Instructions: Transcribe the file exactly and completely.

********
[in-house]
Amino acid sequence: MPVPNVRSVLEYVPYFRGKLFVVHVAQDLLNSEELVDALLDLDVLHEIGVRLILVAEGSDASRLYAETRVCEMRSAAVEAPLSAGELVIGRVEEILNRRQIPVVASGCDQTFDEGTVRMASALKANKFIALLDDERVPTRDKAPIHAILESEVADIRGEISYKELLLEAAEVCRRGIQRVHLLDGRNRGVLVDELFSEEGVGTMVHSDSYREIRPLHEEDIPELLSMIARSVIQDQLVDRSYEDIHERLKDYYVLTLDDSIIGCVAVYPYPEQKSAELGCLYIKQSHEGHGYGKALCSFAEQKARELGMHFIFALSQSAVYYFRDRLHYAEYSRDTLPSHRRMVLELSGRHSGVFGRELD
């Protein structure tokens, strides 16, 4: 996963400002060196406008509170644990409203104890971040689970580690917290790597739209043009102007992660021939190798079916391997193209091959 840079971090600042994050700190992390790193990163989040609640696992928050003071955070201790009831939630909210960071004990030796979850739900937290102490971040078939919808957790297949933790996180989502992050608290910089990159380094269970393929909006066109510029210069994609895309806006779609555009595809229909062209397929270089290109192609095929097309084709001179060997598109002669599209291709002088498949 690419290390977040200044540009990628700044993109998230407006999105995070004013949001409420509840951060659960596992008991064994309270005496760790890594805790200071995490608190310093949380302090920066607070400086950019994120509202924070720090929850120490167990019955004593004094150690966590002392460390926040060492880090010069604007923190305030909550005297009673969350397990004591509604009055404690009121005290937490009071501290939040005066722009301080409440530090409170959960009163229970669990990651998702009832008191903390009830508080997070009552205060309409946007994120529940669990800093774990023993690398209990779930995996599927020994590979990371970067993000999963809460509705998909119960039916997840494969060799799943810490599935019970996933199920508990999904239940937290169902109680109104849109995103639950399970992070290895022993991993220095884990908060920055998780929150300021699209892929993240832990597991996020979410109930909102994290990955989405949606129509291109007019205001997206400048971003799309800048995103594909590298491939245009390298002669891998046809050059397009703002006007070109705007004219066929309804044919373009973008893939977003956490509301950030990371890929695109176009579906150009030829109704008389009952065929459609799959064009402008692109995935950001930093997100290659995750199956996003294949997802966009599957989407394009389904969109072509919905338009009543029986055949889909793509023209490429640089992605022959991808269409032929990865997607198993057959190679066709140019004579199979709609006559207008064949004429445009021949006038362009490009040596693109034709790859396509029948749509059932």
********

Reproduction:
[in-house]
Amino acid sequence: MPVPNVRSVLEYVPYFRGKLFVVHVAQDLLNSEELVDALLDLDVLHEIGVRLILVAEGSDASRLYAETRVCEMRSAAVEAPLSAGELVIGRVEEILNRRQIPVVASGCDQTFDEGTVRMASALKANKFIALLDDERVPTRDKAPIHAILESEVADIRGEISYKELLLEAAEVCRRGIQRVHLLDGRNRGVLVDELFSEEGVGTMVHSDSYREIRPLHEEDIPELLSMIARSVIQDQLVDRSYEDIHERLKDYYVLTLDDSIIGCVAVYPYPEQKSAELGCLYIKQSHEGHGYGKALCSFAEQKARELGMHFIFALSQSAVYYFRDRLHYAEYSRDTLPSHRRMVLELSGRHSGVFGRELD
């Protein structure tokens, strides 16, 4: 996963400002060196406008509170644990409203104890971040689970580690917290790597739209043009102007992660021939190798079916391997193209091959 840079971090600042994050700190992390790193990163989040609640696992928050003071955070201790009831939630909210960071004990030796979850739900937290102490971040078939919808957790297949933790996180989502992050608290910089990159380094269970393929909006066109510029210069994609895309806006779609555009595809229909062209397929270089290109192609095929097309084709001179060997598109002669599209291709002088498949 690419290390977040200044540009990628700044993109998230407006999105995070004013949001409420509840951060659960596992008991064994309270005496760790890594805790200071995490608190310093949380302090920066607070400086950019994120509202924070720090929850120490167990019955004593004094150690966590002392460390926040060492880090010069604007923190305030909550005297009673969350397990004591509604009055404690009121005290937490009071501290939040005066722009301080409440530090409170959960009163229970669990990651998702009832008191903390009830508080997070009552205060309409946007994120529940669990800093774990023993690398209990779930995996599927020994590979990371970067993000999963809460509705998909119960039916997840494969060799799943810490599935019970996933199920508990999904239940937290169902109680109104849109995103639950399970992070290895022993991993220095884990908060920055998780929150300021699209892929993240832990597991996020979410109930909102994290990955989405949606129509291109007019205001997206400048971003799309800048995103594909590298491939245009390298002669891998046809050059397009703002006007070109705007004219066929309804044919373009973008893939977003956490509301950030990371890929695109176009579906150009030829109704008389009952065929459609799959064009402008692109995935950001930093997100290659995750199956996003294949997802966009599957989407394009389904969109072509919905338009009543029986055949889909793509023209490429640089992605022959991808269409032929990865997607198993057959190679066709140019004579199979709609006559207008064949004429445009021949006038362009490009040596693109034709790859396509029948749509059932």